Three Orleans County tributaries were intensely monitored for one year (5 June 1997 to 4 June 1998) with automated gaging and samnpling stations installed on Oak Orchard, Johnson and Sandy Creeks. This sampling regime allows an accurate measurement of discharge, nutrient and sediment loss from the watersheds during both event and nonevent conditions. Discharge and concentrations of nitrate, total phosphorus, sodium, total suspended solids, and total kjeldahl nitrogen were measured and converted into the amount of material lost from each watershed.
    • Nutrient and Soil Losses from the Eighteenmile Creek Watershed

      Makarewicz, Joseph C.; Lewis, Theodore W.; White, Daniel J.; Seider, Mark; Digiacomo, Victor; Niagara County Soil and Water Conservation District; The College at Brockport (2006-08-01)
      Determination of sources and magnitude of soil and nutrient losses from a watershed is prerequisite to remedial action and essential to making cost-effective land management decisions as it reduces the likelihood of costly miscalculations based on the assumption of soil and nutrient sources and modeling rather than their actual identification. This process enhances the ability of concerned groups to obtain external funding for demonstration and remedial projects. In July 2003, the Niagara County Soil & Water Conservation District (NCSWCD), in conjunction with the Department of Environmental Sciences and Biology at SUNY Brockport, began a monitoring program for Eighteenmile Creek, located in Niagara County, New York. The purpose of the monitoring program was to collect water quality data to quantify the concentration and loading of nutrients and suspended sediments transported from Eighteenmile Creek to Lake Ontario and to evaluate the health of the creek and its impact on Lake Ontario. In addition, the data serve as a database to make informed water quality management decisions including the development of a watershed management plan, and as a benchmark of discharge and nutrient data to measure the success of future remediation efforts. This report, prepared by SUNY Brockport and the Niagara County Soil and Water Conservation District, provides information on the nutrient/sediment monitoring program of Eighteenmile Creek. Included are methodologies, results of the monitoring including documentation on types and amounts of nutrients that may be adversely impacting water quality and the conditions which generate them. Lastly, the report serves as a mechanism of transmittal of results and conclusions to all concerned parties and stakeholders of the Eighteenmile Creek watershed.
    • Nutrient Loading and Segment Analysis of Streams Entering Lake Neatahwanta: with an Evaluation of the Muckland Demonstration Project in Oswego County

      Makarewicz, Joseph C.; Lewis, Theodore W.; The College at Brockport (1999-02-01)
      Here we report on the status of Lake Neatahwanta and losses of materials and nutrients from the various watersheds draining into the lake based on work done over the past five years. The conclusion that Sheldon Creek and its watershed are the dominant source of sediments and nutrients to Lake Neatahwanta is inescapable. Based on this conclusion, an effort know as segment analysis has begun in the Sheldon Creek watershed to systematically analyze the watershed for sources of nutrient and soil loss. Preliminary results of the segment analysis currently underway are presented. Finally, we provide results from the muckland demonstration study. This study demonstrates the ability of a constructed wetland to remove nutrients from drainage water from a muckland in agriculture.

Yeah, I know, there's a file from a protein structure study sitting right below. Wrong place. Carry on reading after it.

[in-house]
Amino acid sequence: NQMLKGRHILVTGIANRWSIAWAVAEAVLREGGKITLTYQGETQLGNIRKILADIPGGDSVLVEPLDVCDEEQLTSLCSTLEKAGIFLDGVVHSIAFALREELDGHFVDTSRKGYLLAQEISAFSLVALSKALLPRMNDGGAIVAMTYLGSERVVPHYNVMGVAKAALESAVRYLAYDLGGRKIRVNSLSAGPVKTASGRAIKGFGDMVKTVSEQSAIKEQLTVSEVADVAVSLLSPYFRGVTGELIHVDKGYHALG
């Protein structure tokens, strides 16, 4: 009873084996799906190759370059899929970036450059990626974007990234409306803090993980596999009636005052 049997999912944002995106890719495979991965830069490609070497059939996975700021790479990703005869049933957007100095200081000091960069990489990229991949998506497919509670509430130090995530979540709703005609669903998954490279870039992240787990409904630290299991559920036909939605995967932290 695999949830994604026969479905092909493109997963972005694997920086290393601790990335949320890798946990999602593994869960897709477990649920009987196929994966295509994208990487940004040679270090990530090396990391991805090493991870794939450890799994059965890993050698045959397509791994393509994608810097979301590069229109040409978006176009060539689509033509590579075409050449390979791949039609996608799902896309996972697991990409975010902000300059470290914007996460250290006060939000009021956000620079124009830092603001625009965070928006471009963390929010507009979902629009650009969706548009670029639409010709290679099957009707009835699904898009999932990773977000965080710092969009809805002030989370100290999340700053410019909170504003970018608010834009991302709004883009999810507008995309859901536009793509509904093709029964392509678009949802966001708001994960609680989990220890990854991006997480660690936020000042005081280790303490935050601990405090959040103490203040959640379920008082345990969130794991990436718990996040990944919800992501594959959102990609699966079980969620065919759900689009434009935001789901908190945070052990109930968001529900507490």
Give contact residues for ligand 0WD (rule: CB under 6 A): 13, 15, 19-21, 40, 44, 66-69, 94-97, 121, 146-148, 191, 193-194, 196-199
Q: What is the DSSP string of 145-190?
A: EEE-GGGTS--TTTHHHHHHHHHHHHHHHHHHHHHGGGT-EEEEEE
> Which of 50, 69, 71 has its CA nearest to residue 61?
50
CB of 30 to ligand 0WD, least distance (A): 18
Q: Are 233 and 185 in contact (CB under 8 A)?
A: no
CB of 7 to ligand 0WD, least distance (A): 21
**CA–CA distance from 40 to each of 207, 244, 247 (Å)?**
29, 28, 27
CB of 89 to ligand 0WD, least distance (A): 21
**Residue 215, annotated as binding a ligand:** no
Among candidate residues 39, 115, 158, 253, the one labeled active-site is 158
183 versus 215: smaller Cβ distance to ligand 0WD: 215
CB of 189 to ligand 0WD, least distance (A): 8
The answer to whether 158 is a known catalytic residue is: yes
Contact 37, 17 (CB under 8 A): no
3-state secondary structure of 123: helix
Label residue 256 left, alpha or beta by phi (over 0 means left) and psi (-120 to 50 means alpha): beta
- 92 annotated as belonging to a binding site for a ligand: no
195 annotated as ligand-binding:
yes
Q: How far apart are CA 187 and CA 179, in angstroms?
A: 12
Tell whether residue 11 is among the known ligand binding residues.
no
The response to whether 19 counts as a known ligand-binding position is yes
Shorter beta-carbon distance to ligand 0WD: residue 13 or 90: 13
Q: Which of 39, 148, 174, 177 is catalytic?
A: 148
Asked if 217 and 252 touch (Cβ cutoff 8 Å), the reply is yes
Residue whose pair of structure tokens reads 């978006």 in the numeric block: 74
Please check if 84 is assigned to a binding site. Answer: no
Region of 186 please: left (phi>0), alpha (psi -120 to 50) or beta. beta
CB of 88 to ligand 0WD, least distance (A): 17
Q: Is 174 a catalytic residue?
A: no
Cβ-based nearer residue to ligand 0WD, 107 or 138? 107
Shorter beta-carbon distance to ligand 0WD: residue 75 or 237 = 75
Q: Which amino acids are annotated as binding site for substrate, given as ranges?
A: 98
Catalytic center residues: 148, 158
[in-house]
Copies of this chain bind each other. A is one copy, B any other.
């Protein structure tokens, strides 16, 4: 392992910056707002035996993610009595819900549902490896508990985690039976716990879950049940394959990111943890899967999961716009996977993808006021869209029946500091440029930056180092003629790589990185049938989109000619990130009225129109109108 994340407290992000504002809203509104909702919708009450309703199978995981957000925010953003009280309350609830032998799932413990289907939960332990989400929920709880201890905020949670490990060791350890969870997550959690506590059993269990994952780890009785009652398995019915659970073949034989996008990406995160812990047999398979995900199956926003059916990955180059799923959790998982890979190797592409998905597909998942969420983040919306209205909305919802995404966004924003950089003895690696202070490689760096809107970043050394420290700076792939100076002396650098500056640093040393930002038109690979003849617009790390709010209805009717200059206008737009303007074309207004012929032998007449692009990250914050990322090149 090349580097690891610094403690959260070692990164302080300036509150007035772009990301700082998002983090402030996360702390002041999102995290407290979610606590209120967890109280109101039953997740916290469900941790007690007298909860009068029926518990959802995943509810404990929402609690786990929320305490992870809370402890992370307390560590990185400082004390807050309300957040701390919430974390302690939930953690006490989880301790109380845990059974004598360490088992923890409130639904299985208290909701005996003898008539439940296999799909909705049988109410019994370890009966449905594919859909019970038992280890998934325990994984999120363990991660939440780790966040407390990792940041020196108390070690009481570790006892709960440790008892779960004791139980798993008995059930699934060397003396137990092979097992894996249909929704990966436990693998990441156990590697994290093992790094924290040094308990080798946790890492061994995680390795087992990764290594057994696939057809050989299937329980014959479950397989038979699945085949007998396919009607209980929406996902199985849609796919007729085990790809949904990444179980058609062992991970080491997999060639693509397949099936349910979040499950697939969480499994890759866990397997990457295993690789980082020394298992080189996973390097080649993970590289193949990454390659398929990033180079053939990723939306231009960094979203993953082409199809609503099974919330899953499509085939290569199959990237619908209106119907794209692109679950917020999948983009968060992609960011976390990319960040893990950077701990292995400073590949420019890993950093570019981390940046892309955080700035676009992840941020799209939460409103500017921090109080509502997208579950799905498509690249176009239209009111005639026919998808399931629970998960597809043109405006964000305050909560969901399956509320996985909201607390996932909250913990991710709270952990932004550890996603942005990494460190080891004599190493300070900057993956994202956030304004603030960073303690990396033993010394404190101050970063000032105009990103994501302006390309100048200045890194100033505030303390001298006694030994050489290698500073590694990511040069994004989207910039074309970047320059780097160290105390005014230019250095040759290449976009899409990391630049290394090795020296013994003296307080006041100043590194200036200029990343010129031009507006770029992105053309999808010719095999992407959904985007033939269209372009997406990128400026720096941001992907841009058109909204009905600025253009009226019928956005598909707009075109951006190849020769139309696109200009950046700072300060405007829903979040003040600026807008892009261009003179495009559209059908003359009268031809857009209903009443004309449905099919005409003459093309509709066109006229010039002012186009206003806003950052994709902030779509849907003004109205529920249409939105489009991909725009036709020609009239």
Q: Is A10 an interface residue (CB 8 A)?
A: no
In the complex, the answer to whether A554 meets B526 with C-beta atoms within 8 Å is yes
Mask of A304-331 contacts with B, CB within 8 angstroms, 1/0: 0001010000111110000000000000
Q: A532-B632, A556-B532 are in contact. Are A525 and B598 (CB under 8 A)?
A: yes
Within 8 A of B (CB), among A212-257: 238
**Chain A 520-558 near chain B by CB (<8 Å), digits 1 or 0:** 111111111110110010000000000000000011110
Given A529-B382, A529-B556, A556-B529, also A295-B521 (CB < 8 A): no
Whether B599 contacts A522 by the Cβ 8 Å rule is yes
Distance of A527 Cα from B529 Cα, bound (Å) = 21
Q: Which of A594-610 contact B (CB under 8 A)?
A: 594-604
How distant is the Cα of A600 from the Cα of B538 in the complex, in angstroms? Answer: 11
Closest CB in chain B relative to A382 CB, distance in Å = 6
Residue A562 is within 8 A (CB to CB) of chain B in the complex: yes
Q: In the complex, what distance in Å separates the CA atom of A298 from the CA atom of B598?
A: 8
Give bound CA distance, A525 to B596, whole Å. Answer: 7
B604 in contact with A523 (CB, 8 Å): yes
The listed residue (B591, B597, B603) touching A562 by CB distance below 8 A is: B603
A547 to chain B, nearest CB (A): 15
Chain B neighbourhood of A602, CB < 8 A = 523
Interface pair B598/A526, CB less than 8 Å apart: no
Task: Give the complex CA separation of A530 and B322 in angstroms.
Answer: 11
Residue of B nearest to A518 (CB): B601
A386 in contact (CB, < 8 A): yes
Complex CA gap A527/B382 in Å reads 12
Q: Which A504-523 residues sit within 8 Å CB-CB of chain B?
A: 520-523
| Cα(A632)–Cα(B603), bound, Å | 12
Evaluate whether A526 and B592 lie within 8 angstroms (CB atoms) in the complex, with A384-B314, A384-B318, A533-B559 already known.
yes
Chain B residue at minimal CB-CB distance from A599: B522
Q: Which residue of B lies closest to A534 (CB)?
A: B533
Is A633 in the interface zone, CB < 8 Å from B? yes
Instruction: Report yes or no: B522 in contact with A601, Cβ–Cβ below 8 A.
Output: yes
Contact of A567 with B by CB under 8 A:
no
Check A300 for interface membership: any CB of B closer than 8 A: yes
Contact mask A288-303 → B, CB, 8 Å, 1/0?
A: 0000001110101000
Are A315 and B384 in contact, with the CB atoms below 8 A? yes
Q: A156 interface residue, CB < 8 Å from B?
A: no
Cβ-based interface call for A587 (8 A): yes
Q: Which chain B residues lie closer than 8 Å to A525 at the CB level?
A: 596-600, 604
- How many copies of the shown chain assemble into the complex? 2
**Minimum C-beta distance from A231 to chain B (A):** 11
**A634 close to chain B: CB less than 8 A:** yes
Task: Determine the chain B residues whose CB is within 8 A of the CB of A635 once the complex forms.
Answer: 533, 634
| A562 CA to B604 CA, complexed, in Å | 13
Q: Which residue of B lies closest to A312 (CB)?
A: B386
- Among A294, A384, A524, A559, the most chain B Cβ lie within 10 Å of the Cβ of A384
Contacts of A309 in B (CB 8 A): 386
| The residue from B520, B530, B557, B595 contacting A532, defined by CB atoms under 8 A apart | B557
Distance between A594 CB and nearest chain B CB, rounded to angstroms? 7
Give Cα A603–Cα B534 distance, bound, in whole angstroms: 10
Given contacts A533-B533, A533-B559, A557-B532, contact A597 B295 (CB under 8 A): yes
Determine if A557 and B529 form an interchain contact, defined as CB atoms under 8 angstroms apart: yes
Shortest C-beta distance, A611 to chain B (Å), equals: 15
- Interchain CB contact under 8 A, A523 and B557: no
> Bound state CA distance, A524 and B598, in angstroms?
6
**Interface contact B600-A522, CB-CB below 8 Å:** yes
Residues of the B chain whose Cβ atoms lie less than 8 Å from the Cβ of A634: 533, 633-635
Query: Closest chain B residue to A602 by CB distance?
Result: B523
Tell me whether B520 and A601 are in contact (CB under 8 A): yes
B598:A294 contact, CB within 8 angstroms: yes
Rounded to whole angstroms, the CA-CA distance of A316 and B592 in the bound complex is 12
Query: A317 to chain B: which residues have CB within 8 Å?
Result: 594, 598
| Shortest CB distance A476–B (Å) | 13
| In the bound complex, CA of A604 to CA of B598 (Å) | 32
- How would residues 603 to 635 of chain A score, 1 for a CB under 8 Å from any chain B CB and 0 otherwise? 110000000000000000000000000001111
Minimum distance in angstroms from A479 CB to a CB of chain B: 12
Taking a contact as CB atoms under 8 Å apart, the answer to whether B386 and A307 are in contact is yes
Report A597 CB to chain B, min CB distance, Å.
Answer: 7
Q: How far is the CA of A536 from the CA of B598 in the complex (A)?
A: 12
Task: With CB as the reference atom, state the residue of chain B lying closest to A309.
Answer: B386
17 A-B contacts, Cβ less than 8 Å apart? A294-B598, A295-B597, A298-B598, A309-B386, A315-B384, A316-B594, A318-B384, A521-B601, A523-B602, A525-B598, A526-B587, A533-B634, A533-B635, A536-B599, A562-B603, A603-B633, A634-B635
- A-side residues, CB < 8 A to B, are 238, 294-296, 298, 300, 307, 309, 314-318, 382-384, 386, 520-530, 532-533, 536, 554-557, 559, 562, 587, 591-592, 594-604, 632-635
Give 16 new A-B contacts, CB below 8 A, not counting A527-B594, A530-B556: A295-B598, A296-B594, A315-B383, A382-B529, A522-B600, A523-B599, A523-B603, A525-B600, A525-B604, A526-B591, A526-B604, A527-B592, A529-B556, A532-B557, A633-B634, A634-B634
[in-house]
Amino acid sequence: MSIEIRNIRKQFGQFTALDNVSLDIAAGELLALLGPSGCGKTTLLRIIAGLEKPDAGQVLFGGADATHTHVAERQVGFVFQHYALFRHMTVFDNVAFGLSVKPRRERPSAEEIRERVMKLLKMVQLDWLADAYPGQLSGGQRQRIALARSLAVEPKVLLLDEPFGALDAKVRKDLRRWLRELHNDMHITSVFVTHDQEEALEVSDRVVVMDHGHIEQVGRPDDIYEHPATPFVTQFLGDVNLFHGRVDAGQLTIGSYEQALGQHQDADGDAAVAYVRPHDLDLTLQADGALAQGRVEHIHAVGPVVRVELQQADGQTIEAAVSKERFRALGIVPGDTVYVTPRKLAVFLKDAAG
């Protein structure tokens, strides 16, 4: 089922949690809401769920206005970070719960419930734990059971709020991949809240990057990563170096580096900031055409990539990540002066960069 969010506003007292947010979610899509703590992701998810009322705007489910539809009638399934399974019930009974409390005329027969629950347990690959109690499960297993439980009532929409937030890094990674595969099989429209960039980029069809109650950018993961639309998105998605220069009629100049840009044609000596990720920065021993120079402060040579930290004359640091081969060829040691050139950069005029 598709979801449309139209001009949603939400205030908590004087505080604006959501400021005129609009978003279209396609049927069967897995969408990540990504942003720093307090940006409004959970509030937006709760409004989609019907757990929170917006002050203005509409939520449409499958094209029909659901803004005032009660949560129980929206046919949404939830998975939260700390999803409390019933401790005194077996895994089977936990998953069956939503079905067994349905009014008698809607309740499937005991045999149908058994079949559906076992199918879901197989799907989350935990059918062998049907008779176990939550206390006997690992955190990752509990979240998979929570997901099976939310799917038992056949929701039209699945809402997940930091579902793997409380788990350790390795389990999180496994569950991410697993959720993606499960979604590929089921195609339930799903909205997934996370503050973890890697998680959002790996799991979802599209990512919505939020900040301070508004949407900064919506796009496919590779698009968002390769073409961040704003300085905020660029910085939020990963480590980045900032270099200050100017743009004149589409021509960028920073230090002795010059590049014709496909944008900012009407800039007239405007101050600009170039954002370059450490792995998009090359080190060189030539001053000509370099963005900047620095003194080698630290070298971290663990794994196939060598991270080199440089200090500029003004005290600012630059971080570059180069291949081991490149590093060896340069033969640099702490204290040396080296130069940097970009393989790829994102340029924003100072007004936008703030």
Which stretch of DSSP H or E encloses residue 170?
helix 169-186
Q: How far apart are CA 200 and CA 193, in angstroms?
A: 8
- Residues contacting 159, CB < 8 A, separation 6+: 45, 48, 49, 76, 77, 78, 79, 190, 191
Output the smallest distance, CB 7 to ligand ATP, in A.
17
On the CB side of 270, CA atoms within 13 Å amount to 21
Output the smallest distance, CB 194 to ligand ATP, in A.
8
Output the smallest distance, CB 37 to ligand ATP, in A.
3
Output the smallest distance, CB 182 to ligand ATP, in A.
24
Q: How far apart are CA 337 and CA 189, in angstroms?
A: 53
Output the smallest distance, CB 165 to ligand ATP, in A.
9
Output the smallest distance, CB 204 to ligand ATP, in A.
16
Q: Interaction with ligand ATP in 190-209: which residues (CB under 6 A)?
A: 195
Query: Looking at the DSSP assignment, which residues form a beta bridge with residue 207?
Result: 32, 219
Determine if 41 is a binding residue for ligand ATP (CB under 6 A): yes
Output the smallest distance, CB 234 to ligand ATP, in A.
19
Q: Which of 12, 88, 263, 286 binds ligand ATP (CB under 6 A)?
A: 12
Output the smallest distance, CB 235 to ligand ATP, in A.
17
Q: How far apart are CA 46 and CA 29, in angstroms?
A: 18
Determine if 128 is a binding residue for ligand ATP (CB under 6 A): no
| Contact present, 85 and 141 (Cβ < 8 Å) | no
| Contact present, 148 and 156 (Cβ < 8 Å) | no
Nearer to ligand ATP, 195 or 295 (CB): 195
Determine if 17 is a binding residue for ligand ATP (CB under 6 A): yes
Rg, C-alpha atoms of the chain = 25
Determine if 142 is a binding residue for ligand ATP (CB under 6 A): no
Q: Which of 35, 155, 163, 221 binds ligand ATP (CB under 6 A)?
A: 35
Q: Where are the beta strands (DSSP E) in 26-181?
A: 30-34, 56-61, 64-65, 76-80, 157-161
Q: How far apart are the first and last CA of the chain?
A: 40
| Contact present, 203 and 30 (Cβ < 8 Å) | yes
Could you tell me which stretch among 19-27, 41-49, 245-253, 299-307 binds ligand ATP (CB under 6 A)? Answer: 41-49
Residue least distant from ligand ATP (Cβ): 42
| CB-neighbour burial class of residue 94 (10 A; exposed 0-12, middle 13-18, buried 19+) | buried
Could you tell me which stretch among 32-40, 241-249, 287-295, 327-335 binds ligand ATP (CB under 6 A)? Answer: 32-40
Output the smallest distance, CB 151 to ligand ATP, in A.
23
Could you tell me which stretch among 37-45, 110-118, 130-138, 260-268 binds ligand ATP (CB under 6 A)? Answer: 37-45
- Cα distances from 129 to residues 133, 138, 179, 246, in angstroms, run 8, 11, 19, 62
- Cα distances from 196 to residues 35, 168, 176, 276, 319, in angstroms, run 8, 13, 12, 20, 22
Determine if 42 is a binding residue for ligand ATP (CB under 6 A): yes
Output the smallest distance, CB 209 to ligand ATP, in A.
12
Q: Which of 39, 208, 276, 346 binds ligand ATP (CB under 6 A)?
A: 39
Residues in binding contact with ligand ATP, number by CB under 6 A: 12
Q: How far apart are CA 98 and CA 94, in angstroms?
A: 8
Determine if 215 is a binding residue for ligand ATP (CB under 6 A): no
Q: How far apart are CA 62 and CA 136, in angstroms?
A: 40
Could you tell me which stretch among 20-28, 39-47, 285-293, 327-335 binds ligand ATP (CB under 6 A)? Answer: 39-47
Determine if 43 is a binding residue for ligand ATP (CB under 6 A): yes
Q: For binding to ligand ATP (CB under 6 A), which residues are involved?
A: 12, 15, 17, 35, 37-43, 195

• Nutrient Loading of Streams Entering Lake Neatahwanta Oswego County, NY: A Summary of the Lake Neatahwanta Tributary Monitoring

      Makarewicz, Joseph C.; Lewis, Theodore W.; The College at Brockport (1994-06-01)
      This study suggests that the highly eutrophic condition of Lake Neatahwanta is in large part due to the very high loadings of nutrients from the surrounding watershed. Specifically, Sheldon Creek was identified as a major contributor of phosphorus and total suspended solids to the lake. The amount of nutrients entering the lake from Sheldon Creek were in excess of those observed in creeks of New York receiving point source loadings from small sewage treatment plants. Improvement of the water quality of Lake Neatahwanta will depend upon the identification and remediation of the major sources of nutrients in the watershed and in the Sheldon Creek watershed in particular.
    • Nutrient Loading of Streams Entering Sodus Bay and Port Bay, NY

      Makarewicz, Joseph C.; Lewis, Theodore W.; Williams, Robert K.; The College at Brockport; Wayne County Soil and Water Conservation District (1994-10-01)
      The Wayne County SWCD, in cooperation with the Center for Applied Aquatic Sciences and Aquaculture at SUNY Brockport, have successfully identified and prioritized several problems associated with water pollution on two watersheds. The initial goal was to identify any pollution problems that may have existed. The first objective was to identify and prioritize which nutrients were of concern. The second objective was to identify and prioritize which tributaries and their watersheds were the most impaired. All of these objectives have been achieved. Our current goal is to identify the sources of priority pollutants within the priority 2 tributaries and to implement corrective measures. Our final objective will be to develop a comprehensive pollution prevention plan. Each of these goals represents a common sense approach to improving water quality. By first identifying and prioritizing tributaries, pollutants and sources, the District is able to make decisions that will have the greatest impact on water quality and thus provide a high level of cost effectiveness. Previous monitoring work in Wayne County has allowed for the successful identification and prioritization of nutrients likely to be promoting eutrophication on local embayments, Monitoring strategies have also allowed for the identification and prioritization of the most polluted tributaries on Sodus and Port Bay. These accomplishments have provided a foundation for the next and current phase of the program; identifying the actual sources of pollution. Since Sodus Creek East and Wolcott Creek have been identified as the most impaired, it follows that correcting pollution problems on these tributaries shall result in the greatest improvement on water quality downstream. The method currently being used to identify sources of polluted runoff is referred to as Stressed Stream Analysis or segment analysis. This method involves the sectioning of a stream into segments and collecting water samples at noted locations along each segment. As multiple samples are collected, analyzed and reviewed, new sample sites are determined in such a way that allows for the isolation of significant nutrient inputs. These inputs can be field specific or in the case of point sources can be structure specific whether point or nonpoint. Major tributaries continue to be monitored. This will serve as a benchmark that can be used to assess future improvements implemented in the watersheds. Stressed Stream Analysis has not been fully completed on Glemnark and Wolcott Creeks. This report reflects the accomplishments to date utilizing Stressed Stream Analysis and the results of tributary monitoring. 3